Nowhere is this momentum seemingly more dramatic than in the developing world, especially in India and China. As Gore explains, “the traffic jams, and the particulates and smog and low-level ozone have created a lot of unrest.”

“Particularly among the members of the new middle class, and of the new generation, who are fed up with these environmental insults,” he continues.

Temperature anomalies over time. Antti Lipponen/Finnish Meteorological Institute via Flickr

As the movie slips forwards in time, for the most part, only hints of President Trump are made. Looming from the background, he’s a little like the proverbial ghost at the feast, a foreshadowing of a terrible time to come when all the efforts of climate advocacy come crashing down in a smoldering heap.

But no – Gore is convinced that now, finally, we’ve almost reached what he refers to as the “political tipping point.”

The majority of the American public and its politicians know that the climate crisis is a threat, just as they know clean energy is an affordable solution to climate change that won’t wreck the economy, but improve it, all without pumping pollution into the air they breathe.

“What isn’t inevitable,” he cautions, “is the appropriate pace of change.”

Gore talks to former Mayor of Tacloban City Alfred Romualdez and a survivor of Typhoon Haiyan in Tacloban City, Philippines. Jensen Walker/Paramount Pictures

“I have no doubt that we’ll convert to renewable energy and sustainable agriculture and so on, but we’re still putting 110 million tonnes of CO2 into the atmosphere every day like it’s an open sewer,” Gore explains.

“The longer we delay a sharp reduction in those emissions, the more expensive it will be to address the crisis, and the more serious the consequences will be. Regrettably, some damage has already occurred that will not be repairable

The movie’s tagline is “Be Inconvenient” – a reference to the average citizen rising up and forcing through change on a political level. It could be argued, however, that for opponents of climate advocacy, it’s traditional conservative Americans that represent the latest inconvenient truth.

Gore highlights a scene in the movie to illustrate this point: a Trump-supporting mayor “who doesn’t like the phrase global warming” has made his town almost 100 percent renewable. It turns out that he ran the numbers and found that his citizens could enjoy a much lower electricity bill using solar and wind power than coal or gas.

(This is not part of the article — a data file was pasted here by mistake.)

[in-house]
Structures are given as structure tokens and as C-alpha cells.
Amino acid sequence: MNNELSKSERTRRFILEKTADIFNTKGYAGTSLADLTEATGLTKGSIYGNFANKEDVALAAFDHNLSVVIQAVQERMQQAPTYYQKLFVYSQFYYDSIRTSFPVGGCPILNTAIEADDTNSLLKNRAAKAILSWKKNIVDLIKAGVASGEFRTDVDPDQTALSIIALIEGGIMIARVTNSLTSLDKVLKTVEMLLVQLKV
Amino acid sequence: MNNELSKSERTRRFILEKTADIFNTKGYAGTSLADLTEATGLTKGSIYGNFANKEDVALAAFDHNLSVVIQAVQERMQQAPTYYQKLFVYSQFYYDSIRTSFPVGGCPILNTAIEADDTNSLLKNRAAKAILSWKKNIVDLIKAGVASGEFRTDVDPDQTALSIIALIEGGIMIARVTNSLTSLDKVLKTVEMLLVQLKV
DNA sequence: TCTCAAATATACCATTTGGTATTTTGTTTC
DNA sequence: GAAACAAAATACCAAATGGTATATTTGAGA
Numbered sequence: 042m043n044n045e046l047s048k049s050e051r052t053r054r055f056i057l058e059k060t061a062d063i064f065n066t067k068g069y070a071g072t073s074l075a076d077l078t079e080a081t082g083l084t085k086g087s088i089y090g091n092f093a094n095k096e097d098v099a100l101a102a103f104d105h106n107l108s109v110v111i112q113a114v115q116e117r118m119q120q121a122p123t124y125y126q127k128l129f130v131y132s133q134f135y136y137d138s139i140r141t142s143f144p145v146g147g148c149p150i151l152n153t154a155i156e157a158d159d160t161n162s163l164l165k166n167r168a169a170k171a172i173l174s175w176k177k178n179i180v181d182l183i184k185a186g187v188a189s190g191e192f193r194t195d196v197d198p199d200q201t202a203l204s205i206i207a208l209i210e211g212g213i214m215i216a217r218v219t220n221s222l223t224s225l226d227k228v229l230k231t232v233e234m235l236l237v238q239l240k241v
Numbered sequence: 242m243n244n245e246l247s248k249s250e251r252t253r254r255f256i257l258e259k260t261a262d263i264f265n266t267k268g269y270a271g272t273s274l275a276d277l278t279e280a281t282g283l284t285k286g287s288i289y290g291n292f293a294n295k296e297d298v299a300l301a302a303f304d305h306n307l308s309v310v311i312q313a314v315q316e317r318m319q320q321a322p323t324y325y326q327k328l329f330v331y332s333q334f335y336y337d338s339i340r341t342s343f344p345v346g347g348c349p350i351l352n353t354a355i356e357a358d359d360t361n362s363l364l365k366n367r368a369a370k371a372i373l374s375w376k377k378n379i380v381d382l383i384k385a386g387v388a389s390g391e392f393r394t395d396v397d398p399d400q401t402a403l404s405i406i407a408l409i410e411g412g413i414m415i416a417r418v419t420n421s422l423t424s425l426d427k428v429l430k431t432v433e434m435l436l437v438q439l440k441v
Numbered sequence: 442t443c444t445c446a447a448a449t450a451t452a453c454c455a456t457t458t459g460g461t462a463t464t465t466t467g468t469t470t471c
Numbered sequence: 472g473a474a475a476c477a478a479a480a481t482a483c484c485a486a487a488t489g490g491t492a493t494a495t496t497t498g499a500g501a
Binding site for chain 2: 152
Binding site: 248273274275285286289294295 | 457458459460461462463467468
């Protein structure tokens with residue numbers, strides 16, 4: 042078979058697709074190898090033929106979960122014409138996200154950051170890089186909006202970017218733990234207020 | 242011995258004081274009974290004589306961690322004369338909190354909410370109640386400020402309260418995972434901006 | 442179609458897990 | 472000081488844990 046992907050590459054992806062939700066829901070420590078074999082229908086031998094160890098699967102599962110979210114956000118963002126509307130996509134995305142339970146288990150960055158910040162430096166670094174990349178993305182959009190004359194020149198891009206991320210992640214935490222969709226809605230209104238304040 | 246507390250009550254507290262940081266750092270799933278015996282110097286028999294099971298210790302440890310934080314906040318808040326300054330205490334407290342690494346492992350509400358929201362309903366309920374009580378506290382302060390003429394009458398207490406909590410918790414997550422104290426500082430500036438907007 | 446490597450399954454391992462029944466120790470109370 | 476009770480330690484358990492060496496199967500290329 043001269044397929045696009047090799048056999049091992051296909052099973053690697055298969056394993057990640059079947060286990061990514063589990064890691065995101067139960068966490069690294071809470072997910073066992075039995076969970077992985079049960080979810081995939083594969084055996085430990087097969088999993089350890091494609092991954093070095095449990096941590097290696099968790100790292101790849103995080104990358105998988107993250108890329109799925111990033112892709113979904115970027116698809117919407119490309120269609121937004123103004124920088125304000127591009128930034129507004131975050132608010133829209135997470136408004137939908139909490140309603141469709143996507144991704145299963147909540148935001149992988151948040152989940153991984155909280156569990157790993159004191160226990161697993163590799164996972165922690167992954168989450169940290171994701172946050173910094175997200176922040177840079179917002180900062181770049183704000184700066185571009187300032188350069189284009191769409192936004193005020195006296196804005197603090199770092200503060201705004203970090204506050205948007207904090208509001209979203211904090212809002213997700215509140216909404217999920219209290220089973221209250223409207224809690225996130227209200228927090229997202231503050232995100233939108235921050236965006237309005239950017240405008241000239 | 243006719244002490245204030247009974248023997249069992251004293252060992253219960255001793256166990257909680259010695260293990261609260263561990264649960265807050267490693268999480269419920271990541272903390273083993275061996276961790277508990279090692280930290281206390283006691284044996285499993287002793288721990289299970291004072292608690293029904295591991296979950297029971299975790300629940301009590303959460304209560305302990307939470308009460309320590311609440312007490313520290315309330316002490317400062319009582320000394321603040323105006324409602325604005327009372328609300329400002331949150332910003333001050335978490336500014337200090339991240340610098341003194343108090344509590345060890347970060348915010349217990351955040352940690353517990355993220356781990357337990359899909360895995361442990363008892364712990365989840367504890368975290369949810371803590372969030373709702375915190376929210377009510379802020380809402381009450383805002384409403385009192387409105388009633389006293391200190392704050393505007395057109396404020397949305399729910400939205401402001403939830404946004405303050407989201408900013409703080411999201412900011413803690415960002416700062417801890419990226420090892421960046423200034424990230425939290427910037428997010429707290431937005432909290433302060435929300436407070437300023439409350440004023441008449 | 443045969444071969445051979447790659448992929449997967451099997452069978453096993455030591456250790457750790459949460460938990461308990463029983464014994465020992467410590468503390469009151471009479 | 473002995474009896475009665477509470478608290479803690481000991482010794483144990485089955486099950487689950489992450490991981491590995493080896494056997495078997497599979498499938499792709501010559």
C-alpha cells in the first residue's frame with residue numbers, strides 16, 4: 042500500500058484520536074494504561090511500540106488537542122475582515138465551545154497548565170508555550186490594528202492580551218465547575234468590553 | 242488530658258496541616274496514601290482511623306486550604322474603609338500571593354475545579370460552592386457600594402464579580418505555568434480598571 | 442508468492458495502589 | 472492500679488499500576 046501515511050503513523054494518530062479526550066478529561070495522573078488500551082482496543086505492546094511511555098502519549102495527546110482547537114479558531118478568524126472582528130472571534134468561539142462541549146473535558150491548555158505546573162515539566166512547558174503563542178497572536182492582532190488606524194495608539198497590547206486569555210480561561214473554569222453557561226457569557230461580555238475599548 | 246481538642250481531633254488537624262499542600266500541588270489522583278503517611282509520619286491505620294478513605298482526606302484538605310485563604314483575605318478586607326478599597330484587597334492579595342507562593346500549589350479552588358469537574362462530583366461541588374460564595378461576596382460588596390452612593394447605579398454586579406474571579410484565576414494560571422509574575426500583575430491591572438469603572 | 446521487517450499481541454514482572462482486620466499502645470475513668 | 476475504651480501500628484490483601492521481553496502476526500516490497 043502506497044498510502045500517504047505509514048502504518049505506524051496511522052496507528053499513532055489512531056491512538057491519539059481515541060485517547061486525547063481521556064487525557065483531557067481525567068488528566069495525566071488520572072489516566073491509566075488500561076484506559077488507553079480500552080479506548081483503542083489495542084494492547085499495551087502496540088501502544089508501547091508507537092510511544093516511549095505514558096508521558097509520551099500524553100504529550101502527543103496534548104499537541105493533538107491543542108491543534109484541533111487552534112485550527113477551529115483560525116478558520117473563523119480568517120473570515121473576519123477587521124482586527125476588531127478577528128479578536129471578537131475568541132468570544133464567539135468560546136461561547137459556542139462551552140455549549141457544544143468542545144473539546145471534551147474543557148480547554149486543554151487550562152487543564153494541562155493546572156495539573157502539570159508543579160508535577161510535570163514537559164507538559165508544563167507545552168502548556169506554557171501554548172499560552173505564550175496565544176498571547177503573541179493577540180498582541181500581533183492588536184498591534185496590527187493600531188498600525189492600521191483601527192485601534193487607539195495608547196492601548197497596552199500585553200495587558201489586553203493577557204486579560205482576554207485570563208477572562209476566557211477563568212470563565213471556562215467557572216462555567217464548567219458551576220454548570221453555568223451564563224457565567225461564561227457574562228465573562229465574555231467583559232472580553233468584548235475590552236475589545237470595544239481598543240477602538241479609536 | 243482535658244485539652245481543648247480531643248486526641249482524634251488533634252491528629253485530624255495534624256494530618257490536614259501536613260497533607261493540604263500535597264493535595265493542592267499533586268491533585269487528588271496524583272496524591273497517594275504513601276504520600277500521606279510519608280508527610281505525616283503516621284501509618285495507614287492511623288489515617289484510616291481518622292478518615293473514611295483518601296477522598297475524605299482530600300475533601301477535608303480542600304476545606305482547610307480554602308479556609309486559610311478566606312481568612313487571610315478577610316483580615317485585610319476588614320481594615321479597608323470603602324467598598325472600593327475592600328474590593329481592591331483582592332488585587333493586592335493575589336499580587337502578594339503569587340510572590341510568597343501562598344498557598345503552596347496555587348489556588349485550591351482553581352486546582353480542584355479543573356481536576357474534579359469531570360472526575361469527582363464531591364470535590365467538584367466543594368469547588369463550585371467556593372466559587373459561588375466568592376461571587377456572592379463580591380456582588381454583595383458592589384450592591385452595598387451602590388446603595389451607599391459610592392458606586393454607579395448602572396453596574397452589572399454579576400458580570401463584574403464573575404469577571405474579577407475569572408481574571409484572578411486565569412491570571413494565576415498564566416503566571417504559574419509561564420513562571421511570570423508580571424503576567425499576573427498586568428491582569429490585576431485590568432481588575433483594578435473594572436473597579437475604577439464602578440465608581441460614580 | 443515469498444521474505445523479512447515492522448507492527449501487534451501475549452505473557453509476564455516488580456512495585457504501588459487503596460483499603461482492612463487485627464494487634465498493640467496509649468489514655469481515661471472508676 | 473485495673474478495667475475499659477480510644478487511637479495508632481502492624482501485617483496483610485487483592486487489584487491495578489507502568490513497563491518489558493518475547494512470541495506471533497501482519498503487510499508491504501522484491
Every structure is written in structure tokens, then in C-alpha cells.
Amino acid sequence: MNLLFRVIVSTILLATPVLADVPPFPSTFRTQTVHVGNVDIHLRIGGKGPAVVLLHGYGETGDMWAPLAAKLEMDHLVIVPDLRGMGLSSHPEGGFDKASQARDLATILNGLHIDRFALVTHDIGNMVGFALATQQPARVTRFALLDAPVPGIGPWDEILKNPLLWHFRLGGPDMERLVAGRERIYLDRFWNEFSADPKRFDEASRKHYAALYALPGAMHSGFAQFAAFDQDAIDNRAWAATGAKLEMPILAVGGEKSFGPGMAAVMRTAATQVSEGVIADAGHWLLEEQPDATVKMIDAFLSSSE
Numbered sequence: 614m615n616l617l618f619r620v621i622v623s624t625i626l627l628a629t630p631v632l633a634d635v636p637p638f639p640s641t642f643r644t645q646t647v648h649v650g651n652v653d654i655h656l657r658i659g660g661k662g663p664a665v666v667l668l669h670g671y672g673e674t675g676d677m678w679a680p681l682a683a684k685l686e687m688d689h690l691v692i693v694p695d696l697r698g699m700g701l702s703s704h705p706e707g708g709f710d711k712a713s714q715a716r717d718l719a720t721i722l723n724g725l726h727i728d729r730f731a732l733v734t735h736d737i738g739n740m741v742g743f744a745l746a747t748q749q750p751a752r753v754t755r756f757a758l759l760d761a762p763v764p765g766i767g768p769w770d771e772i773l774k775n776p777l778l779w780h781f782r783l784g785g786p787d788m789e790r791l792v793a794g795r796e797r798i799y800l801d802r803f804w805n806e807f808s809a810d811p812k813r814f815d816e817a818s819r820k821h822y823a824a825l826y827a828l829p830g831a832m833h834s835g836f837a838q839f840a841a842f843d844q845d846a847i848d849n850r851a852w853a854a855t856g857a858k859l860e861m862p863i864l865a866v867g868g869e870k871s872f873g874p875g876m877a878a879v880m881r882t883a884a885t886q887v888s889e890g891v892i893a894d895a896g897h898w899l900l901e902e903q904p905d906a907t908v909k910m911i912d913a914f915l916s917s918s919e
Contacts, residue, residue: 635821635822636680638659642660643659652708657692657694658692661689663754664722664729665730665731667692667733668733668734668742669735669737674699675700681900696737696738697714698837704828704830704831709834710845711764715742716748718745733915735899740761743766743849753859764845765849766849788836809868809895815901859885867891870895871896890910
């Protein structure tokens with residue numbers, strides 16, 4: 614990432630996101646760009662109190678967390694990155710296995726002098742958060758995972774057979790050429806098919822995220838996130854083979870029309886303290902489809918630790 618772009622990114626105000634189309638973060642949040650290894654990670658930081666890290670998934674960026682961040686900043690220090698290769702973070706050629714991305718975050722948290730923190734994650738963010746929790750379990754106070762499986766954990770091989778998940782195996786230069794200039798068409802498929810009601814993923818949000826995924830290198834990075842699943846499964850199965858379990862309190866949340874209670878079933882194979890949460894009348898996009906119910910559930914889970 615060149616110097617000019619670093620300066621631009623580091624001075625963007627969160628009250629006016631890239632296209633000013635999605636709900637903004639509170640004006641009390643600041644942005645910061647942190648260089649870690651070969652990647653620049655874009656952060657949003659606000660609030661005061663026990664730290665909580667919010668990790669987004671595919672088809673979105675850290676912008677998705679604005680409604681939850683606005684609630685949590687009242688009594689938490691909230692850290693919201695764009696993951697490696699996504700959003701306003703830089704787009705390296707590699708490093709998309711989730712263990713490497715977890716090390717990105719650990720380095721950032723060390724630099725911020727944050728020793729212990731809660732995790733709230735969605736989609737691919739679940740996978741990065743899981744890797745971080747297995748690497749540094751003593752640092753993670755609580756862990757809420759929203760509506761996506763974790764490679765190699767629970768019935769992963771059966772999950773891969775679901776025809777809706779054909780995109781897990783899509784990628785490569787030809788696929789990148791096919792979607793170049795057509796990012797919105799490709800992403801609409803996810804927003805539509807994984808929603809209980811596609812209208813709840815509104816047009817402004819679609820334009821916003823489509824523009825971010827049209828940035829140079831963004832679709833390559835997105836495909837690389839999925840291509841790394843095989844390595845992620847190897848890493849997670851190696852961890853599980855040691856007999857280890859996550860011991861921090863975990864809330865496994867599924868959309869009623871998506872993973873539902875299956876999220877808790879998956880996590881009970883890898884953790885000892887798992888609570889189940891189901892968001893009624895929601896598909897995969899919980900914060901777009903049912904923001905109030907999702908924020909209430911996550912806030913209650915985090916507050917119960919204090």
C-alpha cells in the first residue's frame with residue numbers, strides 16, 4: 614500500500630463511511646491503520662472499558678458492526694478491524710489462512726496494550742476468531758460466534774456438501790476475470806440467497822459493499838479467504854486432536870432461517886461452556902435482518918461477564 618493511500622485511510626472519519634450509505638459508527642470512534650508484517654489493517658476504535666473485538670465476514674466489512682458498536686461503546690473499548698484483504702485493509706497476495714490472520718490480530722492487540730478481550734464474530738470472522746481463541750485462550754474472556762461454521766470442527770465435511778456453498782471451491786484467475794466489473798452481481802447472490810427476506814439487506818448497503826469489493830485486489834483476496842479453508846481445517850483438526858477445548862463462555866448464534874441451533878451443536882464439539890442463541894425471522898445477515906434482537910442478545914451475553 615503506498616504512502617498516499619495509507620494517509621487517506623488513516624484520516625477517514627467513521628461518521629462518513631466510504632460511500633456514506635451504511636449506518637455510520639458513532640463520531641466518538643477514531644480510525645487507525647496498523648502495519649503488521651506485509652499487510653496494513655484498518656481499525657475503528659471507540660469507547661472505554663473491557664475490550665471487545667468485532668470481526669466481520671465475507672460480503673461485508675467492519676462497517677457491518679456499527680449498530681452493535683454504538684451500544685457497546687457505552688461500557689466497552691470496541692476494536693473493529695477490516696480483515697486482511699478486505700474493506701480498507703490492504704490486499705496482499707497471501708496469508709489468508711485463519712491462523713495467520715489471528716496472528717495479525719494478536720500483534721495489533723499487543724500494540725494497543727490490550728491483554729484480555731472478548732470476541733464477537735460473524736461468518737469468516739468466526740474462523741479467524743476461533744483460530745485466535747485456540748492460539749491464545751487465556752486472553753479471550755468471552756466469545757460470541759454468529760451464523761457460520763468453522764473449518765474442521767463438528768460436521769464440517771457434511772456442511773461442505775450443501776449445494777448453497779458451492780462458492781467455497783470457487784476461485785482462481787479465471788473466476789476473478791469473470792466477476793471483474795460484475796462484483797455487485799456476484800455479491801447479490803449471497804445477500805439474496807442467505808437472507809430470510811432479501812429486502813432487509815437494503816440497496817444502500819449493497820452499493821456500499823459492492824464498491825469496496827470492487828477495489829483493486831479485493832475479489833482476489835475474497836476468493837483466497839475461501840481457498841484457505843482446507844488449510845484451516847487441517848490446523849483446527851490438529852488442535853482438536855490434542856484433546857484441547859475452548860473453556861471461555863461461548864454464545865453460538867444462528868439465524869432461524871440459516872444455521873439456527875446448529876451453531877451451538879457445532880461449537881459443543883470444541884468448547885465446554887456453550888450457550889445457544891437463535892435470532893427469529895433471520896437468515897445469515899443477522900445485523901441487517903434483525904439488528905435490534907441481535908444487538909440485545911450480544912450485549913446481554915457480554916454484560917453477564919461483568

Once they did, the environment happened to become cleaner too. “As a side effect,” Gore adds, “they are helping to save the future of humanity.”

When it comes down to it, it could be argued that climate advocacy’s best strength is that old conservative halcyon ideal, the free market – that, and a little common sense, will win out in the end.

That’s not to diminish the role of activism and scientific literacy, however. The road ahead is still littered with obstacles, and it’ll take a concerted, continuous effort – beyond that of the “foundation of the Paris agreement” – to leave the world in a better place for the next generation.

Exaggerations no more. Paramount Pictures via YouTube

“Scientists have told me: Look, we have to adapt to the changes that are now inevitable, but we still have the ability to avoid the truly catastrophic changes that would threaten the future of human of civilization.”

Renewable energy sources – particularly solar – are portrayed as the tip of the spear in this sense. However, a rising population means that there will be more and more resource-using, carbon footprint-making people around, and by sidelining women, this will only get worse.

Gore’s solution to manage this is simple: “the empowerment of women,” driven by the “education of girls.”